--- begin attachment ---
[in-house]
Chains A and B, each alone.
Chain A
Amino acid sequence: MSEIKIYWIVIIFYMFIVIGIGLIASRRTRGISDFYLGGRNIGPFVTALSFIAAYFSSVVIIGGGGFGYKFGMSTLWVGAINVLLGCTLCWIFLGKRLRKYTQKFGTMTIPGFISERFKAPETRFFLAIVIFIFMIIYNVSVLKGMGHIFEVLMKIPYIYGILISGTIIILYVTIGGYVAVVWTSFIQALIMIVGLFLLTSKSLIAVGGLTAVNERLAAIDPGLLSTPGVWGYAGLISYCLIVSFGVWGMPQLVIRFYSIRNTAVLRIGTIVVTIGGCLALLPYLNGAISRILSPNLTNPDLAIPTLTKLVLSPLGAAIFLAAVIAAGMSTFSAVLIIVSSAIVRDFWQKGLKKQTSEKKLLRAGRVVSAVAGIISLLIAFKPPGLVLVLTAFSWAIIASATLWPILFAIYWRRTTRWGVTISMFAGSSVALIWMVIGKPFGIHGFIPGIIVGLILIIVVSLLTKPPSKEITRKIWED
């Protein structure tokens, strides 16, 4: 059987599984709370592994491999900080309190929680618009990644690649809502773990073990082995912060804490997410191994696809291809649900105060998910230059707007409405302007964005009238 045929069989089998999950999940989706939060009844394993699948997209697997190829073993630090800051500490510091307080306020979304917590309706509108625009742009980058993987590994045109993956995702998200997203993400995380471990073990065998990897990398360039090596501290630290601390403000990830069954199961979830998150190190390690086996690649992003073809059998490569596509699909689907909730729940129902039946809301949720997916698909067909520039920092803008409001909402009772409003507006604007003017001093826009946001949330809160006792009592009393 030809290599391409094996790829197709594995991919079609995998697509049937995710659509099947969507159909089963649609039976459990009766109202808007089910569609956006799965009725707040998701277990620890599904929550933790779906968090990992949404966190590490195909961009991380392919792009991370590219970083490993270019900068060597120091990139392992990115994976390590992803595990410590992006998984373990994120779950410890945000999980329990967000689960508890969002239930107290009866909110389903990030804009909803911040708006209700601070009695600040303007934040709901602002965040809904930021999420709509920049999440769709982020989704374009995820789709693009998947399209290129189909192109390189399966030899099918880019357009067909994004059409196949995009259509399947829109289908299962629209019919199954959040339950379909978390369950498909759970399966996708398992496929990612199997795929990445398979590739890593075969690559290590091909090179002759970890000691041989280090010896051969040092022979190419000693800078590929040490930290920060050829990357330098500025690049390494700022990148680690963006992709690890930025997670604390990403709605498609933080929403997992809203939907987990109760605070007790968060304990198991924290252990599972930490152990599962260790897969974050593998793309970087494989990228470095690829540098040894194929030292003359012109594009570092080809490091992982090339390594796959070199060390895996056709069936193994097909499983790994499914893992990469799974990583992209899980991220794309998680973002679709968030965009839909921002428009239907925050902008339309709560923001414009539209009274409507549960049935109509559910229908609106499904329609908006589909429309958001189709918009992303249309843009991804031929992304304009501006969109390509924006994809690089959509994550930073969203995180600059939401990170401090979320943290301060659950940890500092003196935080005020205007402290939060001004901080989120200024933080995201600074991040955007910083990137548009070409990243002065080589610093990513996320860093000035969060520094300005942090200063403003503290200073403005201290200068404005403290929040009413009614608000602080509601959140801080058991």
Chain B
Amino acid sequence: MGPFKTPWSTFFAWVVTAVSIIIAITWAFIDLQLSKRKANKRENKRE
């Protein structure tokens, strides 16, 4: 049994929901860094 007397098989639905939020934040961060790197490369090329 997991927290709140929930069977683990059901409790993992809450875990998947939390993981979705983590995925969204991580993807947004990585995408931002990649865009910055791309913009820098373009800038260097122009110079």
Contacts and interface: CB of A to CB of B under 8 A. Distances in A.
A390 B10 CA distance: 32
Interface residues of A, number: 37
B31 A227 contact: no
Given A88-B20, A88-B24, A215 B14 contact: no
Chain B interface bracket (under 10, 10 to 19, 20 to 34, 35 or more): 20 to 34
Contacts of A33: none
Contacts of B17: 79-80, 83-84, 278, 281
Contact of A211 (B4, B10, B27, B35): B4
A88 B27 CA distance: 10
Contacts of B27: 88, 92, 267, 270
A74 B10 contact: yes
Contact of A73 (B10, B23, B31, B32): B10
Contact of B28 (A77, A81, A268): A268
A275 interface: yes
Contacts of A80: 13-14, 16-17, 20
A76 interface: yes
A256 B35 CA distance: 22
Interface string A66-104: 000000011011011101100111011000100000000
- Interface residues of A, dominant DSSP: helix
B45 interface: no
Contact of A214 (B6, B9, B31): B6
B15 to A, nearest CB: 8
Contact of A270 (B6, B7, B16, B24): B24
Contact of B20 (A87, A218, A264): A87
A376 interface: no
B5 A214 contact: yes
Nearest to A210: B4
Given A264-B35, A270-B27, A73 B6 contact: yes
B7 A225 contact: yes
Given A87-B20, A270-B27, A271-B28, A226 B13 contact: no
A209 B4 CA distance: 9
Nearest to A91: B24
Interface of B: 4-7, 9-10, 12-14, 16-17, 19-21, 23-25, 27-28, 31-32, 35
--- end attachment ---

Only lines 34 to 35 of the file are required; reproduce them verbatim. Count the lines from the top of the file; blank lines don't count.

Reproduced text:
A376 interface: no
B5 A214 contact: yes